This Week in History
by Dianne Hermann
“Whoever wishes to foresee the future must consult the past,
for human events ever resemble those of preceding times.”
Week of April 3-9, 2017
1513 – Spanish explorer Juan Ponce de Leon lands at what is now Florida.
1860 – The first Pony Express riders leave St. Joseph, Missouri, for Sacramento, California, on a trip across the country that takes about a week. The Pony Express, which advertises for “Young, skinny, wiry fellows, not over 18, must be expert riders, willing to risk death daily, orphans preferred,” only lasts about a year and a half. Buffalo Bill Cody and Wild Bill Hickok are among the riders. Watch a brief history of the Pony Express:
1882 – The outlaw Jesse James is shot in the back by Robert Ford. Jesse James was 34 years old.
1910 – James Wickersham makes the first (albeit unsuccessful) attempt to climb Alaska’s Mt. McKinley, the highest mountain in North America.
1936 – Richard Bruno Hauptmann is executed for the kidnapping and death of the son of Charles and Anne Lindbergh.
1948 – President Harry Truman signs the Marshall Plan giving $5 billion in aid to 16 European countries.
1949 – Dean Martin and Jerry Lewis debut on radio on the “Martin and Lewis Show”. The NBC radio program runs until 1953. Martin and Lewis go on to star in a variety of TV shows and movies. Martin died in 1995 at age 78. Lewis is now 91 years old.
1953 – “TV Guide” is published for the first time. Desi Arnaz and Lucille Ball’s son Desi Arnaz, Jr. is on the cover. Little Desi is now 64 years old.
1973 – The first portable cell phone call is made in New York City.
1977 – Egyptian President Anwar Sadat has his first meeting with President Jimmy Carter.
1986 – The U.S. national debt hits $2 trillion. The current national debt is over $18 trillion, which has doubled since 2006.
1991 – Football player Bo Jackson signs a 1-year contract with the Chicago White Sox baseball team. Jackson is the first athlete to play in the All-Star game in two different sports. In 2013, ESPN names Jackson the “Greatest Athlete of All Time.” Watch ESPN’s interview with Bo:
1996 – Unabomber suspect Theodore Kaczynski is arrested. He pleads guilty in January 1998 to five Unabomber attacks in exchange for a life sentence without the chance of parole. Kaczynski is now 74 years old.
2000 – The Nasdaq sets a one-day record when it loses 349.15 points to close at 4,233.68.
2010 – The first Apple iPad is released.
1818 – Congress passes a plan that says the U.S. flag will have 13 red and white stripes and 20 stars and that a new star would be added for the each new state.
1841 – President William Henry Harrison, at the age of 68, becomes the first president to die in office. He is sworn in only a month before he died of pneumonia.
1887 – Susanna Madora Salter of Argonia, Kansas, is elected the first woman mayor in the U.S.
1914 – The first known serialized moving picture opens in New York City. It is “The Perils of Pauline.” Watch the first episode (black and white with dramatic piano music):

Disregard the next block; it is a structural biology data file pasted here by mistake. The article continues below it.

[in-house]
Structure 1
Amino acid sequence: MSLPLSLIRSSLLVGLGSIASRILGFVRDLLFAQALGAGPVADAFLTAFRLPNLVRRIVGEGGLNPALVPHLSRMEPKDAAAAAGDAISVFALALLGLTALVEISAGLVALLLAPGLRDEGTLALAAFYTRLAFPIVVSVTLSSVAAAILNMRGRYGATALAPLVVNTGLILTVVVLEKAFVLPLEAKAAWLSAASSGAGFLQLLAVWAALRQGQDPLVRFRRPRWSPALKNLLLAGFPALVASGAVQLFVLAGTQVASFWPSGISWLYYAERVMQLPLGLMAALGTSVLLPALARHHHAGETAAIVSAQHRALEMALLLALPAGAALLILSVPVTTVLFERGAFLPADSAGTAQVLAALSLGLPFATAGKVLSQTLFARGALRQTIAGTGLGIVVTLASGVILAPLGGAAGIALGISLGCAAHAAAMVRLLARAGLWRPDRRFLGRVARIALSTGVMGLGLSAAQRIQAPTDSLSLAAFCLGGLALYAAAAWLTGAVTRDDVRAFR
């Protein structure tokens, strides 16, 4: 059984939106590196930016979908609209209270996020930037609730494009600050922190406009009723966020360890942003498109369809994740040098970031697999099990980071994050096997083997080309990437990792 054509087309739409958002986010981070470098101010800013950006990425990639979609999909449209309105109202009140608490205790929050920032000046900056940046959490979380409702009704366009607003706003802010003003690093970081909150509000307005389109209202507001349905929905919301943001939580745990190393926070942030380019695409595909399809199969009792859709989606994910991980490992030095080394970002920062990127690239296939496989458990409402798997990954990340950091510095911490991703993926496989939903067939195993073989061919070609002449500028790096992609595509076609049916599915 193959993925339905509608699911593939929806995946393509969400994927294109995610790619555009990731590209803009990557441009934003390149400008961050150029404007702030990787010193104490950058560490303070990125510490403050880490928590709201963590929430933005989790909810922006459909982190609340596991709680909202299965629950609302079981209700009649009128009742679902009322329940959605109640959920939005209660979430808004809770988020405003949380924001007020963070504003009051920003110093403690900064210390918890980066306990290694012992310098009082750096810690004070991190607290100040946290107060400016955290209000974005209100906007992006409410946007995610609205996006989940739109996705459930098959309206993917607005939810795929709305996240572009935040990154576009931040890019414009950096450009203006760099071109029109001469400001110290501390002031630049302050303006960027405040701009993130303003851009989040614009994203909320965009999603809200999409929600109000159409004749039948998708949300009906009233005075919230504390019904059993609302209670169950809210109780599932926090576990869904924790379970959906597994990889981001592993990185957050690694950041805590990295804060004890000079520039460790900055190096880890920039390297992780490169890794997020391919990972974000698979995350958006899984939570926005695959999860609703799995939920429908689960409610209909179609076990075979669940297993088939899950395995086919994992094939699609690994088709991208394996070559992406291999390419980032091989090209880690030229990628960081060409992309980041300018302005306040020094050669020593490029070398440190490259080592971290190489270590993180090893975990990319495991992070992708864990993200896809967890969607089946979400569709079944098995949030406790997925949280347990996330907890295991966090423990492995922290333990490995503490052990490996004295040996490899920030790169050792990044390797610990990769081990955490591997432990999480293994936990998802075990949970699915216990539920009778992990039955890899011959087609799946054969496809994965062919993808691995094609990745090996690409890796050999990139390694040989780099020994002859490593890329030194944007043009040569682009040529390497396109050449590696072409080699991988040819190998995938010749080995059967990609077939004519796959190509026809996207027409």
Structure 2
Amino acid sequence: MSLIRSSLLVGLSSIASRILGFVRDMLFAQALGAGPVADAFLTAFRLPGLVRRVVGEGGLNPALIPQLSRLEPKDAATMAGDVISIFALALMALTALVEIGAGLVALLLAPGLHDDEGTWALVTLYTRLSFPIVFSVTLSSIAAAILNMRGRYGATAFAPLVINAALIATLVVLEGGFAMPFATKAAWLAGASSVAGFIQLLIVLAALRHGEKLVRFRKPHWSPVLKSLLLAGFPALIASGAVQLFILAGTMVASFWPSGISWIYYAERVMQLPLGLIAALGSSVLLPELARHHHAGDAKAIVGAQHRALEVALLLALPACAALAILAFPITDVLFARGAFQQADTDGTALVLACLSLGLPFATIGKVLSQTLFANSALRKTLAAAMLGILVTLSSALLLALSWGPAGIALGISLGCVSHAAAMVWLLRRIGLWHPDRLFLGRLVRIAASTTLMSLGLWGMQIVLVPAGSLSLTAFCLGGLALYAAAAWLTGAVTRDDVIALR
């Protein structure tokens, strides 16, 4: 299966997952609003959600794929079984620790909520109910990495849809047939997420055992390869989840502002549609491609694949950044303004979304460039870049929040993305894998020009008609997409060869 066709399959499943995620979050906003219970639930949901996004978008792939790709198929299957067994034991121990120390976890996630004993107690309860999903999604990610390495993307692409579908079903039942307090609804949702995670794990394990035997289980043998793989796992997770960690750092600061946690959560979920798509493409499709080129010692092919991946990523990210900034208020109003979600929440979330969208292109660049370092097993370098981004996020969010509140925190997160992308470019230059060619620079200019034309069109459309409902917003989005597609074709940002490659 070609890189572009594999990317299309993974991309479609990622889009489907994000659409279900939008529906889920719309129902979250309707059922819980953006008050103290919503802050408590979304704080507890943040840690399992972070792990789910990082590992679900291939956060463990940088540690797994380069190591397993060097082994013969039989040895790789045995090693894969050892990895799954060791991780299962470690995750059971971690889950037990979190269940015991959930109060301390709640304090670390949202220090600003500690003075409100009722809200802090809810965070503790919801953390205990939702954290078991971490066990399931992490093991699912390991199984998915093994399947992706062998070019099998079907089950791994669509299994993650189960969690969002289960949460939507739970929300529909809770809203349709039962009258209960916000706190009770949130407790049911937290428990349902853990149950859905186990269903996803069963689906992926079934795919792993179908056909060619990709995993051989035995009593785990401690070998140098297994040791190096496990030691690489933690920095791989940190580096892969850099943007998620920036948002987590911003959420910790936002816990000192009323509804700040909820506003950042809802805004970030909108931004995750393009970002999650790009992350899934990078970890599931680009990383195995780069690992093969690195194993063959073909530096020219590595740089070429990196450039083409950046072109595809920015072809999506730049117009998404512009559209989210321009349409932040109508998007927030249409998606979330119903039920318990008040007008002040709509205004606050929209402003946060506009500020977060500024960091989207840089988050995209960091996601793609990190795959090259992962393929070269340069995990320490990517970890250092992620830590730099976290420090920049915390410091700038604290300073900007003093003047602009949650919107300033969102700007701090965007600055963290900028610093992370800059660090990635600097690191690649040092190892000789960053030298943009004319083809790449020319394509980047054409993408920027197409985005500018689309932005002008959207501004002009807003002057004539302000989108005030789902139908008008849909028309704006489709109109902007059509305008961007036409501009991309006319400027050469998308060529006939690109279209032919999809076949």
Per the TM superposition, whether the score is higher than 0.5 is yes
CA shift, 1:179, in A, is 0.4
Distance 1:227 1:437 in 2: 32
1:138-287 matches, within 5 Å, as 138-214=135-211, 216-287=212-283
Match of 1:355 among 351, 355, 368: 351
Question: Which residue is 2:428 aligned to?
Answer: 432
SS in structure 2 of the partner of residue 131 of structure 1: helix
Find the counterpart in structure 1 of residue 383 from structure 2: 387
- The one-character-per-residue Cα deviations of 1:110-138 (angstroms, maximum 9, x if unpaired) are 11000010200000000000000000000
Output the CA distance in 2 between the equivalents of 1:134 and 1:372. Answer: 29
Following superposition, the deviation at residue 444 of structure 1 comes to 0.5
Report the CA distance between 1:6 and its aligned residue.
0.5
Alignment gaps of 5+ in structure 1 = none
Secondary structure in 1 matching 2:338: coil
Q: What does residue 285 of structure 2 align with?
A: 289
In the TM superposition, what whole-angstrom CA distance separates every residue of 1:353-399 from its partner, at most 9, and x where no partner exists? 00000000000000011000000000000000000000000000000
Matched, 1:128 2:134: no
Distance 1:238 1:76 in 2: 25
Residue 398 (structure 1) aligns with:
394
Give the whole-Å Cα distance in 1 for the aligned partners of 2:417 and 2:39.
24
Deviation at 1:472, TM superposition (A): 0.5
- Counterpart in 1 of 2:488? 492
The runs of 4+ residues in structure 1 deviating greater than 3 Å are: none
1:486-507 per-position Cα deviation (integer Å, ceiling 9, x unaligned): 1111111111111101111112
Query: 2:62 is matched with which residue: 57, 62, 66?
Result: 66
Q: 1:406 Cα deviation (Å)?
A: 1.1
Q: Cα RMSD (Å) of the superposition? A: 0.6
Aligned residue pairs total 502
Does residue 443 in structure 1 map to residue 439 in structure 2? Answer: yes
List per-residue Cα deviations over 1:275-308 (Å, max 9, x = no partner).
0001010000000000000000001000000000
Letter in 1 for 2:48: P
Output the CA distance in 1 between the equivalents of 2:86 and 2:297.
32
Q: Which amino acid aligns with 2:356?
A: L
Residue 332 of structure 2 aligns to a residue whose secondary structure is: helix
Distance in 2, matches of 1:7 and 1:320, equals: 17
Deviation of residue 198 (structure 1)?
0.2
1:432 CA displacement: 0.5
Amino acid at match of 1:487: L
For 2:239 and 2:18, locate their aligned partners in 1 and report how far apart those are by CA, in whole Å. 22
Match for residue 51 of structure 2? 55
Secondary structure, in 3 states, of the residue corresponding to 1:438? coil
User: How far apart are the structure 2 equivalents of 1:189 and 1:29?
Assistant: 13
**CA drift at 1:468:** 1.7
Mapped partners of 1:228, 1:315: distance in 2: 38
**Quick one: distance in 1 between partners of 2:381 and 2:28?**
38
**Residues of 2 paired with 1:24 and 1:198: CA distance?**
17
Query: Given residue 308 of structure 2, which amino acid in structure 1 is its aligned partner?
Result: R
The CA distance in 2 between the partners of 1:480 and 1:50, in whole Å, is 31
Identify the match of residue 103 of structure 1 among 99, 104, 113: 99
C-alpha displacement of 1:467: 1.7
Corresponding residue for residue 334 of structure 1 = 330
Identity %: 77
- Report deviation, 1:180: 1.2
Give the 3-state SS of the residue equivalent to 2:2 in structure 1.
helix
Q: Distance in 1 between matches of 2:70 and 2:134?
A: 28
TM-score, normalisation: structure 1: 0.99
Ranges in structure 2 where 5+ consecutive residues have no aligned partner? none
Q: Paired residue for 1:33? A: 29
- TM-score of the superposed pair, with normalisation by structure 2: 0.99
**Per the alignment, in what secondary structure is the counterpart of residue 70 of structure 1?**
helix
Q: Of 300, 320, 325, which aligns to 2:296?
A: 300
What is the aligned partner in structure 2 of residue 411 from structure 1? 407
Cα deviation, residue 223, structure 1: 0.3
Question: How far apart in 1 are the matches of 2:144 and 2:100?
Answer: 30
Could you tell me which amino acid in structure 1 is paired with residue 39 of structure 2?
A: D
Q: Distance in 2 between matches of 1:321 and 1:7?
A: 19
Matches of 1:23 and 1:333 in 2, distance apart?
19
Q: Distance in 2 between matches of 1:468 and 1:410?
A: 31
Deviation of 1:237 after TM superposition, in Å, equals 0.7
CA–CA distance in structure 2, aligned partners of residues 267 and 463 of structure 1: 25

1917 – The Senate votes 82-6 to participate in WW I.
1932 – After five years of research, professor C.G. King of the University of Pittsburgh, isolates Vitamin C.
1933 – The U.S. dirigible Akron crashes off coast of New Jersey, killing 73 people. There are three survivors.
1949 – The North Atlantic Treaty Organization (NATO) treaty is signed in Washington, DC.
1967 – Johnny Carson quits “The Tonight Show.” He returns three weeks later after getting a raise of $30,000 a week. Carson retired in 1992 after hosting the show 30 years and died in 2005 at age 79.
1968 – Martin Luther King Jr. is assassinated in Memphis, Tennessee, at age 39.
1974 – Hank Aaron ties Babe Ruth’s home-run record by hitting his 714th home run. (See April 8, 1974) Watch #714 go over Pete Rose’s head:
1975 – Microsoft is founded as a partnership between Bill Gates and Paul Allen.
1988 – Eddie Hill becomes the world’s first drag racing driver to cover the quarter mile in less than 5 seconds.
1994 – Netscape Communications is founded as Mosaic Communications.
2008 – During a raid on the Fundamentalist Church of Jesus Christ of Latter Day Saints owned YFZ Ranch in Texas, 401 children and 133 women are taken into state custody. Several male members of the compound are found guilty or plead no contest to sexual assault.
1792 – President George Washington casts the first presidential veto.
1869 – Daniel Bakeman, the last surviving soldier of the U.S. Revolutionary War, dies at the age of 109.
1887 – Anne Sullivan teaches the hand sign for “water” to Helen Keller.
1923 – Firestone Tire and Rubber Company begins the first regular production of balloon tires for automobiles.
1933 – The first operation to remove a lung is performed at Barnes Hospital in St. Louis, Missouri.
1951 – Americans Julius and Ethel Rosenberg are sentenced to death for committing espionage for the Soviet Union.
1973 – Pioneer 11 launches on its mission to study Jupiter. NASA loses contact with the spacecraft in 1995 after receiving data for 22 years. Watch a video of the space mission:
1974 – The world’s tallest building, the World Trade Center, opens in New York City at 110 stories. We will always remember 9-11-01.
1984 – Kareem Abdul-Jabbar breaks Wilt Chamberlain’s all-time career scoring record by scoring 31,421 points.
1987 – The FOX Broadcasting Company launches its nighttime shows with “Married . . . With Children” and “The Tracey Ullman Show.”
1997 – Steve Irwin’s show “The Crocodile Hunter” debuts on TV. Irwin dies in 2006 at age 44 during underwater filming.
1999 – Three of Tammy Wynette’s daughters file a $50 million lawsuit that blame Wynette’s death on negligence by her husband and her doctor. Tammy died in 1998 at age 55.
2009 – The media is allowed to film the return of slain soldiers for the first time when an 18-year ban is lifted.